Times of Day

Sunrise Along Shore (48–49)

A Perfect Day (50)

Requiem (51)

In Twilight Fields (52)

Twilight in Abegweit (53)

Night in the Pastures (54–55)

Night (56)

Midnight in Camp (57–58)

Sea and Shore

On the Bay (59–60)

On the Gulf Shore (61–62)

When the Tide Goes Out (63)

Before Storm (64)

The Sandshore in September (65)

Part II: Poems of Humanity

Down Home

Down Home (69)

Home from Town (70–71)

If I Were Home (72–73)

Interlude (74)

Last Night in Dreams (75–76)

Southernwood (77)

The Apple-Picking Time (78–79)

Coiling Up the Hay (80)

Familiar Places and Things

The Gable Window (81–82)

Grandmother’s Garden (83–84)

In an Old Town Garden (85)

The Light in Mother’s Eyes (86–87)

An Old Face (88)

The Garden in Winter (89)

Courtship and Romance

At the Dance (90–91)

Comparisons (92)

If Love Should Come (93)

In Lovers’ Lane (94)

Poems of Death and Loss

The Bride Dreams (95–97)

My Legacy (98)

The Parting Soul (99)

With Tears They Buried You Today (100–101)

Religious Verse

I Asked of God (102)

A Thanksgiving (103)

We Have Seen His Star (104)

Ethical Verse

The Choice (105)

Could We but Know (106)

I Wish You (107)

The Land of Some Day (108–9)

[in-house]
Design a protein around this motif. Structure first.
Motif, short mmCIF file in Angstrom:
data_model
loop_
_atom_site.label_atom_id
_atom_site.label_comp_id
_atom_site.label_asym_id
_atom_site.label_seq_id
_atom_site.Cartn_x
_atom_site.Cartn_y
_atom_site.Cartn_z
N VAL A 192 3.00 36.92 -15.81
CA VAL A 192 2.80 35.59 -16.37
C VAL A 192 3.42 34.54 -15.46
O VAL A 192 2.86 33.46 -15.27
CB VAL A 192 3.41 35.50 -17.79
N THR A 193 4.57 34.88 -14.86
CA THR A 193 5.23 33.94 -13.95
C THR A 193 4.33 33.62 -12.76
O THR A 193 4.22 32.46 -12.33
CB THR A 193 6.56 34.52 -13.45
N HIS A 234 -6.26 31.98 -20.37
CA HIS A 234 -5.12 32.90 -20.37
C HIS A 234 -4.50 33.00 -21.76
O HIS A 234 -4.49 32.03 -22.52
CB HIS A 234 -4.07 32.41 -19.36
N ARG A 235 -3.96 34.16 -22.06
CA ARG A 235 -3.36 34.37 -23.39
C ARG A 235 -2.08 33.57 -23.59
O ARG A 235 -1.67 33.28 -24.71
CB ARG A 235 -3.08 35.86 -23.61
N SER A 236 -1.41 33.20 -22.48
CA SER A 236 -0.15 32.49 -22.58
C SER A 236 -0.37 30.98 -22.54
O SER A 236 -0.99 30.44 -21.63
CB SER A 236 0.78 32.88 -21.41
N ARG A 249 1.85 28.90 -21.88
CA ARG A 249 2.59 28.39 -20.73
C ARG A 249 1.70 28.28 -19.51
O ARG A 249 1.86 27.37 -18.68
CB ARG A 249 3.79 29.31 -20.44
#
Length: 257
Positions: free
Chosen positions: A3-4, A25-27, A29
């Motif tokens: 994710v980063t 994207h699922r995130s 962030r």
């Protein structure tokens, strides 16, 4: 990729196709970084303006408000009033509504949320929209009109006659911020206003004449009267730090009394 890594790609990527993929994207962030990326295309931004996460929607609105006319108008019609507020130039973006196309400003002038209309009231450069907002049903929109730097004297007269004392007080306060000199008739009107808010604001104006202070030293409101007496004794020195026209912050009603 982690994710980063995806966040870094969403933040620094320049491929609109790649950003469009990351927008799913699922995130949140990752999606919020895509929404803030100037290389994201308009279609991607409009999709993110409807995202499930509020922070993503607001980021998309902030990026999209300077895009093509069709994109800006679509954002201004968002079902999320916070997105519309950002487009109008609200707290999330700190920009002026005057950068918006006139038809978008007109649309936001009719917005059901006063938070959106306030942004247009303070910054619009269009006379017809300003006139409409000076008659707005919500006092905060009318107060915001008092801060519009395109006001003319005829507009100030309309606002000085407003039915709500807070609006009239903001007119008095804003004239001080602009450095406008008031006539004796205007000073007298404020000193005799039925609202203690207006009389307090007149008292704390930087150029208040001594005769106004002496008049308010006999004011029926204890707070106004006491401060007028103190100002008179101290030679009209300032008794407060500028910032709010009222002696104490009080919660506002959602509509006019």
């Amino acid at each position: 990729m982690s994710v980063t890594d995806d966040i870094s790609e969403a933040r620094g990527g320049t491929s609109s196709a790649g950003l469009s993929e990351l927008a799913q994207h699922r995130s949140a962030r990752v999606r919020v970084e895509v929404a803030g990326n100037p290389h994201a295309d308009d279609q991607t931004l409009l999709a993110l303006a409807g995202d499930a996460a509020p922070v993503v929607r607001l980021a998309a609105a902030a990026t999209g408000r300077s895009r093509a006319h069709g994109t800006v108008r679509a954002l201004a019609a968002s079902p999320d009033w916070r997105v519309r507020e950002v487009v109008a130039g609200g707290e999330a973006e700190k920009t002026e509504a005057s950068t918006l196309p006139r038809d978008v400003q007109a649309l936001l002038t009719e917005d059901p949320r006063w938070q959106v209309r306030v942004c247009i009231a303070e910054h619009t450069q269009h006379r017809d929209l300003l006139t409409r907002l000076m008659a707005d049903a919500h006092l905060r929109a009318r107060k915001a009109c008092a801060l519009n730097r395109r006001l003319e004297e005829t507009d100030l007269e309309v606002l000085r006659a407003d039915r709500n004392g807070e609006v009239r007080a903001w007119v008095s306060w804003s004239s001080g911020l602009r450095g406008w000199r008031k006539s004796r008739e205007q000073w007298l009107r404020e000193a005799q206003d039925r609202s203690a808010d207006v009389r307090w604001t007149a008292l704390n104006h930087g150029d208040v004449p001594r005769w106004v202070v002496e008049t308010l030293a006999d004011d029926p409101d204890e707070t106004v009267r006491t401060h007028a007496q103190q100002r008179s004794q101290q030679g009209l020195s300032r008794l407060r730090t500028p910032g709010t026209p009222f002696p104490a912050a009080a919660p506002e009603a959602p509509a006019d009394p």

The Only Way (110)

The Revelation (111)

A Smile (112–13)

Success (114)

The Test (115)

The Two Guests (116–17)

The Words I Did Not Say (118–19)

Which Has More Patience—Man or Woman? (120–21)

Poems of Childhood and Youth

All Aboard for Dreamland (122)

The Grumble Family (123–24)

In Twilight Land (125)

The Quest of Lazy-Lad (126–27)

Up in the Poplars (128–29)

What Children Know (130)

The New Year’s Book (131)

Early Poems and Narratives

Farewell (132–34)

On Cape Le Force (135–39)

June! (140–41)

Dramatic Verse

At the Long Sault (142–45)

The Prisoner (146–47)

The Watchman (148–51)

Literature and Poetry

I Feel (Vers Libre) (152)

The Poet’s Thought (153)

Reviews (5)

Canadian Book Review Annual 1987, edited by Dean Tudor (Toronto: Simon and Pierre, 1988), 167 (Betsy Struthers).

Gazette (Montreal), 13 February 1988, J9 (Eileen Manion, “The Two Faces of ‘Anne’”).

The Atlantic Provinces Book Review 15, no. 2 (May–June 1988): 7 (Laura Groening, “The Poetry of Lucy Maud Montgomery”).

The Atlantic Advocate (Fredericton), February 1989, 44–45 (Michael O. Nowlan).

Canadian Literature 132 (Spring 1992): 228–30 (Muriel Whitaker, “Women Alone”).

Akin to Anne: Tales of Other Orphans (1988)

Akin to Anne: Tales of Other Orphans is the first of eight collections of L.M. Montgomery’s rediscovered short stories edited and introduced by Rea Wilmshurst. Contains nineteen short stories that were originally published in periodicals between 1900 and 1933, the book was published as a jacketed hardcover by McClelland and Stewart in May 1988, with a mass-market paperback appearing in March 1989, followed by a U.S. paperback edition by Bantam Books in May 1990.